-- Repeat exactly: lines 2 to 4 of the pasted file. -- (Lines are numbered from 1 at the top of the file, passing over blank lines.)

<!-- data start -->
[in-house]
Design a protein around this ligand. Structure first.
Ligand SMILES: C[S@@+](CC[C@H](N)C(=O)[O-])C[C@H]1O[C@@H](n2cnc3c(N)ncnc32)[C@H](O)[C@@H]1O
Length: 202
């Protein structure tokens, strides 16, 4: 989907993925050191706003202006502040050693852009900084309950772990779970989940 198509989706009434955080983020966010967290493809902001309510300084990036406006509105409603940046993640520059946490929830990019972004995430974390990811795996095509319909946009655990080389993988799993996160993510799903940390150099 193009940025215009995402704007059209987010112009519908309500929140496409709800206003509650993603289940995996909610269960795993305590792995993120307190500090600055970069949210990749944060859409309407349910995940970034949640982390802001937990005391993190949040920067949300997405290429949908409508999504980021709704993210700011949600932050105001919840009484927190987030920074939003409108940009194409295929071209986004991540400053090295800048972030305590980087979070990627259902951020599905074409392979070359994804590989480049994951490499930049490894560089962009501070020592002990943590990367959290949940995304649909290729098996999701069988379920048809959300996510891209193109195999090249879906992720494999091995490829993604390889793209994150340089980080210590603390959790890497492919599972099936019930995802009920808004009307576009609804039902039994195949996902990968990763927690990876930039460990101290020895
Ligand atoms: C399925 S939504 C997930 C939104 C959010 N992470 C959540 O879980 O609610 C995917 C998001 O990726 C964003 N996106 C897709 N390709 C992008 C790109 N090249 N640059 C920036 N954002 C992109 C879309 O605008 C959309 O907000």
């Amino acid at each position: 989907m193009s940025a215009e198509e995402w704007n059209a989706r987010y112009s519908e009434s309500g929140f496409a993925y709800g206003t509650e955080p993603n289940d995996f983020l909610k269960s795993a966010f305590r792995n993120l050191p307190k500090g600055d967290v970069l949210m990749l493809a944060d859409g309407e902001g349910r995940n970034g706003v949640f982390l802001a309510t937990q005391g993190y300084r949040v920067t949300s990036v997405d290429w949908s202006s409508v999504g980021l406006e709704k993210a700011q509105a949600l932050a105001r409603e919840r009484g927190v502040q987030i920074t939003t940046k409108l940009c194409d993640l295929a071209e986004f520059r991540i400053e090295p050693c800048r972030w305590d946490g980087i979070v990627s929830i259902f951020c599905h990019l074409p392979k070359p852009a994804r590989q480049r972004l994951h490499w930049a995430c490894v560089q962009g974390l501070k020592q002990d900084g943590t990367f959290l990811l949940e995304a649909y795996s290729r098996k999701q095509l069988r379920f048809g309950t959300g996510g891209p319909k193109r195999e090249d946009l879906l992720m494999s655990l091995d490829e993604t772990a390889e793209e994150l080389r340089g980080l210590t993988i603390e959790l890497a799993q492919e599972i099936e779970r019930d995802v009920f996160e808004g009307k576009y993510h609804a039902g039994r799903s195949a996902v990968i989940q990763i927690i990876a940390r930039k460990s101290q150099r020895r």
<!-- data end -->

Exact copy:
Design a protein around this ligand. Structure first.
Ligand SMILES: C[S@@+](CC[C@H](N)C(=O)[O-])C[C@H]1O[C@@H](n2cnc3c(N)ncnc32)[C@H](O)[C@@H]1O
Length: 202